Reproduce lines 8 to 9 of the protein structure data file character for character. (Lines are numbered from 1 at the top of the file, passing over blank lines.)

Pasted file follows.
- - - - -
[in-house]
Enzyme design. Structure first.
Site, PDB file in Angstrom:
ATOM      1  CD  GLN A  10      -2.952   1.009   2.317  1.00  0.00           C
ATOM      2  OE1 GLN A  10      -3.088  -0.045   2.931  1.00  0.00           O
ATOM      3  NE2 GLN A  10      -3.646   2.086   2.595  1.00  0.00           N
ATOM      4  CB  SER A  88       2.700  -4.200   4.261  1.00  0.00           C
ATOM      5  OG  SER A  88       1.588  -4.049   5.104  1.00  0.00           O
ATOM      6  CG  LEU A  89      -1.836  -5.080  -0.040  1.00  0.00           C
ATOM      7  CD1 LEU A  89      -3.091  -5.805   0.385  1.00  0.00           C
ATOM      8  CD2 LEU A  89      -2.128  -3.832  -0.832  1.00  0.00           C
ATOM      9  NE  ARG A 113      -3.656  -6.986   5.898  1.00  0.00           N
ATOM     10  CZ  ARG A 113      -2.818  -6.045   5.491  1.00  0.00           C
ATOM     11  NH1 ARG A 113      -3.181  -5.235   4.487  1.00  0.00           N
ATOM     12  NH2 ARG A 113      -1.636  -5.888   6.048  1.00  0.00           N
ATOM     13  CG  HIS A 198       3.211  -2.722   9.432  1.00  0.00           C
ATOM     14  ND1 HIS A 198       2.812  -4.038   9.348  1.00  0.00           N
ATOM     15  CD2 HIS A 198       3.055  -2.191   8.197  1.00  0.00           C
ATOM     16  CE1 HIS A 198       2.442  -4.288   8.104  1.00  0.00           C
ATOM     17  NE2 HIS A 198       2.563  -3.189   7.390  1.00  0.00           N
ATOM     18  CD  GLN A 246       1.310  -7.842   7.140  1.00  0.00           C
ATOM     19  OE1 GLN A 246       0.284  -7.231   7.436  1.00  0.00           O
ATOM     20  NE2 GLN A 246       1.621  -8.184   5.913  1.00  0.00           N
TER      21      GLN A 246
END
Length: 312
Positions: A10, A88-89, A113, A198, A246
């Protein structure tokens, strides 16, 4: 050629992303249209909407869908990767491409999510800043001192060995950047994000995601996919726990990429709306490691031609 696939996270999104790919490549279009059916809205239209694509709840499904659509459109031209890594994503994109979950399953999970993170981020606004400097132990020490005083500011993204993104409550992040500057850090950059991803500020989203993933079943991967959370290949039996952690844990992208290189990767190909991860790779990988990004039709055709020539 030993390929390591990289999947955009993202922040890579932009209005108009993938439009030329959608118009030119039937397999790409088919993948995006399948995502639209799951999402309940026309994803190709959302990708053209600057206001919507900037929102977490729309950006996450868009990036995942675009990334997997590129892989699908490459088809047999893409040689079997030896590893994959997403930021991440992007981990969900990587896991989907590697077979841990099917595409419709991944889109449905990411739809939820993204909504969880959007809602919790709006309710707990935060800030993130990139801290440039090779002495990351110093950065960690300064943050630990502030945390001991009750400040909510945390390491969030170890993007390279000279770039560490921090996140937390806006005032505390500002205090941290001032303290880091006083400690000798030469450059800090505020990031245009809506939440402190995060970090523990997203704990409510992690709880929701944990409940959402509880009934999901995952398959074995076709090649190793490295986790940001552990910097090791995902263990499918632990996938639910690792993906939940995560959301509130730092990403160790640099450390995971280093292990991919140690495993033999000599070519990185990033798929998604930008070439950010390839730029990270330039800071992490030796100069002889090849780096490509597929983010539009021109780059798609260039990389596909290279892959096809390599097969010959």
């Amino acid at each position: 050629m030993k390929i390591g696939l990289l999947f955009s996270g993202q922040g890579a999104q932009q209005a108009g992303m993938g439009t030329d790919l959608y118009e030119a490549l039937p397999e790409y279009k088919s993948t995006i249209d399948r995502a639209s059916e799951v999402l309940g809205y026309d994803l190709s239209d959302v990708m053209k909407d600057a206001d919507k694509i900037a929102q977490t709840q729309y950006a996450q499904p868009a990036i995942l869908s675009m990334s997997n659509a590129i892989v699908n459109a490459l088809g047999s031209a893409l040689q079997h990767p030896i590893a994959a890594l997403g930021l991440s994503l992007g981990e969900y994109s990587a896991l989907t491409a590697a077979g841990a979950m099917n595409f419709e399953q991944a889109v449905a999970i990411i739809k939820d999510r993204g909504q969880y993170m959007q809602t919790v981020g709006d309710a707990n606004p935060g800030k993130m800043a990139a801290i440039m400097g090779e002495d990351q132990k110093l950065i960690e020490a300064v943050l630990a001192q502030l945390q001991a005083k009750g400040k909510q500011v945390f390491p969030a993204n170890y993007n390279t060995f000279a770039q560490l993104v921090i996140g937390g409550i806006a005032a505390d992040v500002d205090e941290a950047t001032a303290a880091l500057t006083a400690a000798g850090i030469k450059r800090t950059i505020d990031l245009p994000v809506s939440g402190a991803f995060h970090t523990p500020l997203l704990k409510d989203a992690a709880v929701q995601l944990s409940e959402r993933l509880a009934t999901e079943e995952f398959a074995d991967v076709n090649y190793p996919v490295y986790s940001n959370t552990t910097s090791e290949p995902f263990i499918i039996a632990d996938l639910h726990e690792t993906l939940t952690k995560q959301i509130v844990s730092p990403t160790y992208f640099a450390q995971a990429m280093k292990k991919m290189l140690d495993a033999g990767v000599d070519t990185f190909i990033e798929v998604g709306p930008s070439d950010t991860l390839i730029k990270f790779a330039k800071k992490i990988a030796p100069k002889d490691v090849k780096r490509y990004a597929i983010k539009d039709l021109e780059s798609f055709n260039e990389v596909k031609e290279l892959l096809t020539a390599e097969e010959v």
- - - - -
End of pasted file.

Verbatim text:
ATOM      5  OG  SER A  88       1.588  -4.049   5.104  1.00  0.00           O
ATOM      6  CG  LEU A  89      -1.836  -5.080  -0.040  1.00  0.00           C